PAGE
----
Sweden, seen for years as a beacon of stability and reforms in a crisis-ridden Europe, may be heading for political deadlock after Sunday’s general election, with polls suggesting that both right and left might be unable to form a stable government. Prime Minister Fredrik Reinfeldt’s center-right coalition is battling an opposition alliance led by the Social Democrats. But neither group looks set to win a majority – putting them at the mercy of more radical leftist or far-right parties. The Social Democrats, campaigning to spend more money on a welfare state that they founded in the last century, were the election favorites for months. But some polls suggest a once seemingly unassailable lead has narrowed, unsettling businesses and investors and even raising the prospect of a new vote. “It could be an Italian situation, something we’ve hardly ever experienced in Sweden,” said Magnus Henrekson, Director of the Research Institute of Industrial Economics. An increasingly likely scenario is that Social Democrat leader Stefan Lofven will head the biggest party but struggle to cobble together a majority. Even if he won the support of a former communist party, he could still be in a minority against the far right and Reinfeldt’s coalition.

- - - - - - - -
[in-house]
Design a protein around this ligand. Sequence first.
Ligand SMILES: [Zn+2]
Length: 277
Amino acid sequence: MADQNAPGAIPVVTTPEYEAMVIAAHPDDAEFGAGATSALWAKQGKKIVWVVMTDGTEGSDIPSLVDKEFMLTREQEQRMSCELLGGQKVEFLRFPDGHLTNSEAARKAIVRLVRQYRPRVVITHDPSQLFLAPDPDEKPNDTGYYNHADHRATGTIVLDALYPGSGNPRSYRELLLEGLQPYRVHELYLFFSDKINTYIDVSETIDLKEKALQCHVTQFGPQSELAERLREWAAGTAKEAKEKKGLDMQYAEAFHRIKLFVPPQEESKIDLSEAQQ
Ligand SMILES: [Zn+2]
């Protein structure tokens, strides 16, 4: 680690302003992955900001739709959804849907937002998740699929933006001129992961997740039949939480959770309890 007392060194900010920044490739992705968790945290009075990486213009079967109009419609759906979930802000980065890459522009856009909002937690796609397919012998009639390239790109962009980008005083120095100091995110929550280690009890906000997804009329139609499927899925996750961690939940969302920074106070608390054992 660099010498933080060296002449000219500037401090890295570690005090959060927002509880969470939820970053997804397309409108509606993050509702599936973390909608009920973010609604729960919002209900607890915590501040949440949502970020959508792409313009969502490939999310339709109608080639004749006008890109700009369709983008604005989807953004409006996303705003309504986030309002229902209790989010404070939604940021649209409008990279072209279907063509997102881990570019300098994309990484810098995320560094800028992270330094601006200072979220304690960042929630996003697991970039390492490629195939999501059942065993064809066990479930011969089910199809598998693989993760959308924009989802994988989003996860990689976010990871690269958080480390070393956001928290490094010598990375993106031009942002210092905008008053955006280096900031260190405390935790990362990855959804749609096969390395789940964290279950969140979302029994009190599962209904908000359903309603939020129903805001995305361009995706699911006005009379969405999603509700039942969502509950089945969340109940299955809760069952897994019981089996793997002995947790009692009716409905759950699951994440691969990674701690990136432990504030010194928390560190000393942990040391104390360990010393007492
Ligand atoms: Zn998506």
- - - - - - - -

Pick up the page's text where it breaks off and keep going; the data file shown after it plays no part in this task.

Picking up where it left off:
Under eight years of Reinfeldt, the government slashed taxes by 130 billion Swedish crowns ($18.3 billion) and trimmed welfare spending. The tax burden fell by about four percentage points to around 45 percent of GDP – less than that of France.
Despite recovering from the global financial crisis better than most – with more Michelin star restaurants than ever sprouting in the capital and house prices booming – many voters are increasingly concerned over poor education standards and the growing role of private equity firms in running healthcare.
With youth unemployment high and a general sense that the government was stale after two terms in power, it seemed voters wanted a change. But that political backlash has split between social democrats, the far right and far left.